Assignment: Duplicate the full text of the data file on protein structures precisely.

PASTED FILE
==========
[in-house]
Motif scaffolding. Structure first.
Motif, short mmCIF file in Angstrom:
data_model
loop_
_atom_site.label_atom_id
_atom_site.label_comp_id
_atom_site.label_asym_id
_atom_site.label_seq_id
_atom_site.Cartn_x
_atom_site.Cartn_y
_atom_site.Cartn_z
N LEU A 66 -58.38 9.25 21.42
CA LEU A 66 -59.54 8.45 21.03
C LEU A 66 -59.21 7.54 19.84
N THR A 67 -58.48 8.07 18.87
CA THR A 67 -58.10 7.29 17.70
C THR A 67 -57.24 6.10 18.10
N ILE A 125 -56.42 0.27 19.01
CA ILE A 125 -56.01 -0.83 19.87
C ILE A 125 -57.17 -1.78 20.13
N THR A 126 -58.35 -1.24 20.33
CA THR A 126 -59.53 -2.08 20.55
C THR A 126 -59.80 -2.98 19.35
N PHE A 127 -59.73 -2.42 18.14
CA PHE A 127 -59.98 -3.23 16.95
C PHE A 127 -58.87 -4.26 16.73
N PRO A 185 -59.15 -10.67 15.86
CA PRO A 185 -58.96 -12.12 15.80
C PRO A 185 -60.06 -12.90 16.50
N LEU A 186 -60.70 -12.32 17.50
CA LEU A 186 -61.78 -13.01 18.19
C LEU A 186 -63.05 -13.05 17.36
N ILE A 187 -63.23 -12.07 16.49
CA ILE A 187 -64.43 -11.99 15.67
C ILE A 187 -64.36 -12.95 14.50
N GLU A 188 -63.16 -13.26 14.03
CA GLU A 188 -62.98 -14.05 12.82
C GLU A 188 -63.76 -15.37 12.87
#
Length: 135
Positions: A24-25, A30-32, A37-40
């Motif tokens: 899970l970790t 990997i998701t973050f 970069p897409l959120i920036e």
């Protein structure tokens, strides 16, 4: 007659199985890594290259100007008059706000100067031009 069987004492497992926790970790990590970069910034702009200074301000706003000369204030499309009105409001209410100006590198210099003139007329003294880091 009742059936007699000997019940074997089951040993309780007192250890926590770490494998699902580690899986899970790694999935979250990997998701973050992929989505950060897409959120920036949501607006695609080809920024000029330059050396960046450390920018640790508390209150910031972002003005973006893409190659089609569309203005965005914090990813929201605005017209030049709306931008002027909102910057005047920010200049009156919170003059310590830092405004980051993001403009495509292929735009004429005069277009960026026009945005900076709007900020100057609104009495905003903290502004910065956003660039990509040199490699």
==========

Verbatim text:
[in-house]
Motif scaffolding. Structure first.
Motif, short mmCIF file in Angstrom:
data_model
loop_
_atom_site.label_atom_id
_atom_site.label_comp_id
_atom_site.label_asym_id
_atom_site.label_seq_id
_atom_site.Cartn_x
_atom_site.Cartn_y
_atom_site.Cartn_z
N LEU A 66 -58.38 9.25 21.42
CA LEU A 66 -59.54 8.45 21.03
C LEU A 66 -59.21 7.54 19.84
N THR A 67 -58.48 8.07 18.87
CA THR A 67 -58.10 7.29 17.70
C THR A 67 -57.24 6.10 18.10
N ILE A 125 -56.42 0.27 19.01
CA ILE A 125 -56.01 -0.83 19.87
C ILE A 125 -57.17 -1.78 20.13
N THR A 126 -58.35 -1.24 20.33
CA THR A 126 -59.53 -2.08 20.55
C THR A 126 -59.80 -2.98 19.35
N PHE A 127 -59.73 -2.42 18.14
CA PHE A 127 -59.98 -3.23 16.95
C PHE A 127 -58.87 -4.26 16.73
N PRO A 185 -59.15 -10.67 15.86
CA PRO A 185 -58.96 -12.12 15.80
C PRO A 185 -60.06 -12.90 16.50
N LEU A 186 -60.70 -12.32 17.50
CA LEU A 186 -61.78 -13.01 18.19
C LEU A 186 -63.05 -13.05 17.36
N ILE A 187 -63.23 -12.07 16.49
CA ILE A 187 -64.43 -11.99 15.67
C ILE A 187 -64.36 -12.95 14.50
N GLU A 188 -63.16 -13.26 14.03
CA GLU A 188 -62.98 -14.05 12.82
C GLU A 188 -63.76 -15.37 12.87
#
Length: 135
Positions: A24-25, A30-32, A37-40
């Motif tokens: 899970l970790t 990997i998701t973050f 970069p897409l959120i920036e």
């Protein structure tokens, strides 16, 4: 007659199985890594290259100007008059706000100067031009 069987004492497992926790970790990590970069910034702009200074301000706003000369204030499309009105409001209410100006590198210099003139007329003294880091 009742059936007699000997019940074997089951040993309780007192250890926590770490494998699902580690899986899970790694999935979250990997998701973050992929989505950060897409959120920036949501607006695609080809920024000029330059050396960046450390920018640790508390209150910031972002003005973006893409190659089609569309203005965005914090990813929201605005017209030049709306931008002027909102910057005047920010200049009156919170003059310590830092405004980051993001403009495509292929735009004429005069277009960026026009945005900076709007900020100057609104009495905003903290502004910065956003660039990509040199490699």